Over bowls of spiced parsnip soup in the café, Nick is introduced to Tom and Sarah. Tom holds forth about walking in the Lake District, and how a digital SLR camera is better for panoramic shots than an automatic while Sarah texts all her family and friends on her iphone. Eventually, Tom and Sarah go off to buy some cards in the souvenir shop. Nick takes the opportunity to ask Savannah if she will meet him next week for the Woodchester Park Woodland Walk.

‘It says in the Trust Handbook that it is a scenic walk around five lakes,’ he says. ‘But it does include some steep gradients.’

Savannah is not sure about the gradients.

‘There is the option of a five mile walk, if you prefer,’ he says.

She does prefer.

‘Perhaps we could take a picnic,’ says Nick.

Savannah brightens at the mention of this. Nick makes a note to buy a picnic blanket from the Trust shop before he leaves.

All week Nick looks forward to seeing Savannah on Saturday, keeping a keen eye on the five day weather forecast. It looks as if they might be lucky. The high winds are scheduled to finish on Friday afternoon and the torrential rain is not forecast until Sunday. From Wednesday onwards, he packs and repacks his rucksack. By Friday evening, it is bursting at the seams and he hasn’t even put the picnic blanket in yet. He takes out the lighter of the two extra jackets and repositions the umbrella and the waterproof over-trousers. He probably won’t need the polar torch so he packs an extra fleece instead in case Savannah gets cold. And an extra pair of thick socks. He decides finally he will have to pack the picnic separately, so he takes a late night trip to Blacks to buy a shoulder bag.

He takes the laptop to bed and reads up on Woodchester Park so he has facts at his fingertips for the walk. Woodchester House, the great gothic mansion around which the park is built, has featured twice in Most Haunted Live and again on Ghost Hunters International. It was also the setting for the BBC production of Dracula. There are horseshoe bats in the park, along with sparrow hawks, green woodpecker and tawny owl. While they are walking through the woods they must also keep an eye out for sedge, Solomon’s seal and stinking hellebore among the flora, although he imagines that late November may not be the best time to spot these.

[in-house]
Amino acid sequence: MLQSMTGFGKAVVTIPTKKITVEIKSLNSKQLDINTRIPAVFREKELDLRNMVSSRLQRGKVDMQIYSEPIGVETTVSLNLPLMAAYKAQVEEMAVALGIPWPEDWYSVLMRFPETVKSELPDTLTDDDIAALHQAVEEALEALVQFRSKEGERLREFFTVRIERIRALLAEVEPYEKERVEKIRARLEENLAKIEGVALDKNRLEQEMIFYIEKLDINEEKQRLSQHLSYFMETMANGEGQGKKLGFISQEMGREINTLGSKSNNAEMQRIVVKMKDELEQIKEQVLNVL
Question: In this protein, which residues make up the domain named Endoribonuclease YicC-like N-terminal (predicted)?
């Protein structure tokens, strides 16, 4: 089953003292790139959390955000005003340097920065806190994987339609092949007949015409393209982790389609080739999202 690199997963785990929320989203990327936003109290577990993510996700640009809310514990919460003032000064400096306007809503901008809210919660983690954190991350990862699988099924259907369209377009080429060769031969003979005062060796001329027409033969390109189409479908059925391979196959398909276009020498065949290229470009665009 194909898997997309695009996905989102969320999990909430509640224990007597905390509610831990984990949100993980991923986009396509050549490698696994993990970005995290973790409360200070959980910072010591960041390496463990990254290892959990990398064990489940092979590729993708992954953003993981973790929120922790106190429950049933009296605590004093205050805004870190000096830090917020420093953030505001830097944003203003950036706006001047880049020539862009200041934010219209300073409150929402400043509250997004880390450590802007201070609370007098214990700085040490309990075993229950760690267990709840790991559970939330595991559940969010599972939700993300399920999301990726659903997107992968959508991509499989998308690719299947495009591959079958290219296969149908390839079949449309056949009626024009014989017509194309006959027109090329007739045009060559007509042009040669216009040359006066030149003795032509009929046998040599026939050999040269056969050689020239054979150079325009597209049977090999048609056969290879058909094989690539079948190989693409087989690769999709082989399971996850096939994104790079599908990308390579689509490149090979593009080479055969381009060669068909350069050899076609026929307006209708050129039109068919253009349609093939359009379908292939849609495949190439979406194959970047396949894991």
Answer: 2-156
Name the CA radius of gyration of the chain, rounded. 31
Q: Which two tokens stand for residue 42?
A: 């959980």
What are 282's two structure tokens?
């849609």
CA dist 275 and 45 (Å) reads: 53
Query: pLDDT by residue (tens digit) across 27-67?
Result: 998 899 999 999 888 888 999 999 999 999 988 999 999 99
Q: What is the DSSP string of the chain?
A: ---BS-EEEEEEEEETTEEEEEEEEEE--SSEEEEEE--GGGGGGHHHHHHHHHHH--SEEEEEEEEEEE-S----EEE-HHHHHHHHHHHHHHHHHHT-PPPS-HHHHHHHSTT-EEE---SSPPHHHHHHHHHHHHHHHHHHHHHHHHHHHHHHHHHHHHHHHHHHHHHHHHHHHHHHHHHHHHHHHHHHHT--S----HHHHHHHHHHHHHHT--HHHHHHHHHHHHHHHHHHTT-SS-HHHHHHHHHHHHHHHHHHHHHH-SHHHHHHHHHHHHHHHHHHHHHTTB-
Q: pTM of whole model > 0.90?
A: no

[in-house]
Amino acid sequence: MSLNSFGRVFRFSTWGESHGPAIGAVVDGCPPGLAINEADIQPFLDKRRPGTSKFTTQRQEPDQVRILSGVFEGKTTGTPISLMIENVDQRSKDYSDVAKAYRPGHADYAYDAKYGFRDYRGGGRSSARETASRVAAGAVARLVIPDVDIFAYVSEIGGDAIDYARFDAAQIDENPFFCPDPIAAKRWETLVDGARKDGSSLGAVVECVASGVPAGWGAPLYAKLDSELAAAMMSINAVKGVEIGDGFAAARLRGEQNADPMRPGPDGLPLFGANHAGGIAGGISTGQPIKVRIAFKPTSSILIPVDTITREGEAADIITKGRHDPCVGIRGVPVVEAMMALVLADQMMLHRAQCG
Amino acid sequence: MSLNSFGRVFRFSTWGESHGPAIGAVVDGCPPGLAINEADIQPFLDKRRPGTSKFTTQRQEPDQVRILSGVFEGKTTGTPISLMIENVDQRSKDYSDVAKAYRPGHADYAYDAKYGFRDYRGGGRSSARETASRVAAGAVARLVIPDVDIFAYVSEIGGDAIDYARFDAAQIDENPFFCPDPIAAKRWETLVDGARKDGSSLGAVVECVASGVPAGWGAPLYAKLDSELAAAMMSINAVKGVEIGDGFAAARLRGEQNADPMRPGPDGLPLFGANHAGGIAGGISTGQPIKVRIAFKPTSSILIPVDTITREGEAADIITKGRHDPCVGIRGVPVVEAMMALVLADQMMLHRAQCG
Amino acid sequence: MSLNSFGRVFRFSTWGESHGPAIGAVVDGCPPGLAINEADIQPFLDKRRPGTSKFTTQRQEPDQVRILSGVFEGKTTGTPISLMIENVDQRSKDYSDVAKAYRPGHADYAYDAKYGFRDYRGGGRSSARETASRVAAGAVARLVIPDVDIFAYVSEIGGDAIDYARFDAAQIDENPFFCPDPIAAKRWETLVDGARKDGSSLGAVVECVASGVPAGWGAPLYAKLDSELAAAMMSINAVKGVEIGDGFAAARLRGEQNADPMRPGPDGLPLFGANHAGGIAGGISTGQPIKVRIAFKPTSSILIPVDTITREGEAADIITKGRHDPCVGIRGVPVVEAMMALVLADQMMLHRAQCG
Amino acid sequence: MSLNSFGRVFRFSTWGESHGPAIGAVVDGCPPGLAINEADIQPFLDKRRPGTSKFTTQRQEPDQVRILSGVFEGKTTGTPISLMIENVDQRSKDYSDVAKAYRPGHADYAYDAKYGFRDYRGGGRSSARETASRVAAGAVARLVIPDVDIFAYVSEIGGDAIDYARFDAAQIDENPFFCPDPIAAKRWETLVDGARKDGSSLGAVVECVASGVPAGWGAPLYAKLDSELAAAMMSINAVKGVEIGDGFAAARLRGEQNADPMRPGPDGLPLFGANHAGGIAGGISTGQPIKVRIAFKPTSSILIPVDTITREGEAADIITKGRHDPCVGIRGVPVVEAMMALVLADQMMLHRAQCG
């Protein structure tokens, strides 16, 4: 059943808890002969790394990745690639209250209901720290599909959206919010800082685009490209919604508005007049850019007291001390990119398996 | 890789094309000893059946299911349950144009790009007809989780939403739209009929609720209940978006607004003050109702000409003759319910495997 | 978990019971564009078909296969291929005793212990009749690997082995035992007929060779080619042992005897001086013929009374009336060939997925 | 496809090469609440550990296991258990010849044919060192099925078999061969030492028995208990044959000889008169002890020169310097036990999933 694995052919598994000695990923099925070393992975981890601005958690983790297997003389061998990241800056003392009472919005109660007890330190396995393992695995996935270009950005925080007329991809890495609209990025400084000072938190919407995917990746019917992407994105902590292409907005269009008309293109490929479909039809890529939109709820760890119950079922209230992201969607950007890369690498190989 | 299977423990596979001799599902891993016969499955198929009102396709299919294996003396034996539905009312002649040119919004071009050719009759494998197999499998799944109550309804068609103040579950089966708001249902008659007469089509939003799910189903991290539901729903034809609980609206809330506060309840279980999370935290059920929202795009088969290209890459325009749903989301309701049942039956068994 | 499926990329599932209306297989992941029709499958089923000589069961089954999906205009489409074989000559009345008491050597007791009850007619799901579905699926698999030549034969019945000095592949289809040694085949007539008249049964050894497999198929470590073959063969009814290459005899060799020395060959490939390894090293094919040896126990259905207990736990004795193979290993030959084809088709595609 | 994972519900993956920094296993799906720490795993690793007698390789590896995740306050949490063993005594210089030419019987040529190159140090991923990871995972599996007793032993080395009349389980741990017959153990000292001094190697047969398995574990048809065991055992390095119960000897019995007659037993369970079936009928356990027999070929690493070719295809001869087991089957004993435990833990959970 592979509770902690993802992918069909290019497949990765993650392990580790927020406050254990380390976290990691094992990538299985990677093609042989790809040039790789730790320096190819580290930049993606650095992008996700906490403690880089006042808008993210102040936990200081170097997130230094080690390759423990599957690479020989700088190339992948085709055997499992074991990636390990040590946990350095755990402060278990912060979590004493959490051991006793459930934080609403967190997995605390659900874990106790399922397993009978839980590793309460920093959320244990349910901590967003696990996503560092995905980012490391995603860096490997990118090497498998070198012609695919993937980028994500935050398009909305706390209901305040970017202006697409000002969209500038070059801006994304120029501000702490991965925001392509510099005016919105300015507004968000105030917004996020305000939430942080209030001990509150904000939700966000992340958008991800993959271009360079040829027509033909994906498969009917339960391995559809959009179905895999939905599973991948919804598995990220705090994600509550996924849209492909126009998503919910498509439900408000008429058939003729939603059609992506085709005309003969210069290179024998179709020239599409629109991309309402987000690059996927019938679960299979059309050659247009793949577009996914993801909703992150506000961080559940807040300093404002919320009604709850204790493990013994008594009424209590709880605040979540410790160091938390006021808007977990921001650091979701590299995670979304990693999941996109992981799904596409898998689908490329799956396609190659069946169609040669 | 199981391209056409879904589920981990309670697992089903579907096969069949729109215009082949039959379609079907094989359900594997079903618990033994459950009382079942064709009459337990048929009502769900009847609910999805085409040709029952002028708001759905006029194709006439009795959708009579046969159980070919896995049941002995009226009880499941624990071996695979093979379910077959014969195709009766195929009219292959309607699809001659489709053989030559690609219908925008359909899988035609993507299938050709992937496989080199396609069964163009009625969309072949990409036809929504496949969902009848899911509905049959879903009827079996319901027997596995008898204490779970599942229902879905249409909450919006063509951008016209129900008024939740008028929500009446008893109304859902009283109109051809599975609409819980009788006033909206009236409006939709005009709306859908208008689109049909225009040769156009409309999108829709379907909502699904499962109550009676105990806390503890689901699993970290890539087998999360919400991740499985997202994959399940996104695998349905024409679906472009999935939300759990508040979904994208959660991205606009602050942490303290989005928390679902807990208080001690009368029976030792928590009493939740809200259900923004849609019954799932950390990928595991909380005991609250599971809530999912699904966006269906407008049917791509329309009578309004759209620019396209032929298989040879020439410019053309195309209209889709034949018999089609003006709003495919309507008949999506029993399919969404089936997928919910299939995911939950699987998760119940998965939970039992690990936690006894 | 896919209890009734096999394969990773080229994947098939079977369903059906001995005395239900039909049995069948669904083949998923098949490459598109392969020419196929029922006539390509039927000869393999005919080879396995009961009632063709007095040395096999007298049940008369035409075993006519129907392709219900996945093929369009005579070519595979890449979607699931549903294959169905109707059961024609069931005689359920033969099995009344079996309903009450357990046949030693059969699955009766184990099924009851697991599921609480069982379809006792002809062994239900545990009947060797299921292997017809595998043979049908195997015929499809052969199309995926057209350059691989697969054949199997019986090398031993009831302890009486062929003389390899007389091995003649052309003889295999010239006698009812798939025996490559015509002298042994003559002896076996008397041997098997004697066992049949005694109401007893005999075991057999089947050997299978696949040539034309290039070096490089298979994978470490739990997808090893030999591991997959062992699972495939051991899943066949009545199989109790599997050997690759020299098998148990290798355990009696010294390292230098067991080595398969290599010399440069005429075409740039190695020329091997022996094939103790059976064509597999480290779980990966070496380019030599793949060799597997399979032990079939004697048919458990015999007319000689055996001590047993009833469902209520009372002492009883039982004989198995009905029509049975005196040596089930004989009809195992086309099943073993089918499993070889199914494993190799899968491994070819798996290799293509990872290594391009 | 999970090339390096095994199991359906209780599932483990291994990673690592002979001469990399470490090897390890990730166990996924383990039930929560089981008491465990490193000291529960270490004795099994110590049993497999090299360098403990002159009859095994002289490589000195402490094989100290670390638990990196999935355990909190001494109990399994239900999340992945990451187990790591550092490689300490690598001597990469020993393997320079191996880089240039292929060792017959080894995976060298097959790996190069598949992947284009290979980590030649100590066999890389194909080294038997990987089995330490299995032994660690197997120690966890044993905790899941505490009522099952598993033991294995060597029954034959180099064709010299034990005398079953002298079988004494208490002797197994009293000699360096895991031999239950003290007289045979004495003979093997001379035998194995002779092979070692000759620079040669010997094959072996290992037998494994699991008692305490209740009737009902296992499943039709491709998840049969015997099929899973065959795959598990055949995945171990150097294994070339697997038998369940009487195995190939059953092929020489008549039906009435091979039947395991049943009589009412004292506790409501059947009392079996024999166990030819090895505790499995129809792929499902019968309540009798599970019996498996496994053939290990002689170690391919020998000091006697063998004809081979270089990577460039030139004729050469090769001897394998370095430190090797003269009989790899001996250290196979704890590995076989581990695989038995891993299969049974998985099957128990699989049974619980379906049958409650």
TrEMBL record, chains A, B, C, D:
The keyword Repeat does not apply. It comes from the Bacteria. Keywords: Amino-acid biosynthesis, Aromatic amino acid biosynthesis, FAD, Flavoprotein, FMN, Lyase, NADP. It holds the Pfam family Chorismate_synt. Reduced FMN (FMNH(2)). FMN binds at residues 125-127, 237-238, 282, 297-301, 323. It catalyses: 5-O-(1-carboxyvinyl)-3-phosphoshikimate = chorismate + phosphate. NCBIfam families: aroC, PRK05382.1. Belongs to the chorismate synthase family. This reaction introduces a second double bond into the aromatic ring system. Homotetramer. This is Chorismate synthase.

Nick waits for thirty minutes in the NT car park. The guide goes on ahead with the group but there is no sign of Savannah. Just as he is about to call it a day, Savannah drives up in her blue Fiat 500. She steps out and apologises for being late.

‘ I had a job finding the place,’ she says. ‘I’m not very good with maps.’

‘That’s OK,’ he says. ‘I’ve only just got here myself. I think the others might have gone on ahead. But don’t worry, I’ve got a map.’

He waits for her to open the boot of her car and take out her rucksack and walking boots and perhaps a waterproof jacket to go over her thin fleece, but she does not. All she has with her is a flimsy hemp tote bag.

‘Come on then,’ she says. ‘Shall we get started? We might be able to catch them up.’

‘Are you going to be all right in Converse trainers?’ he asks.

‘I’ll keep to the dry bits,’ she says.

Nick doesn’t say that he does not think there will be too many dry bits.

They set off in the direction that Nick saw the walkers take. They climb steeply through thick woodland. Nick becomes nervous about the lack of grip of Savannah’s canvas shoes on the wet leaves. After a few skids, she slips and falls. He helps her up. This is the first bodily contact that they have had. Nick feels excited by it. He is not sure how Savannah feels, but she did not appear to resist.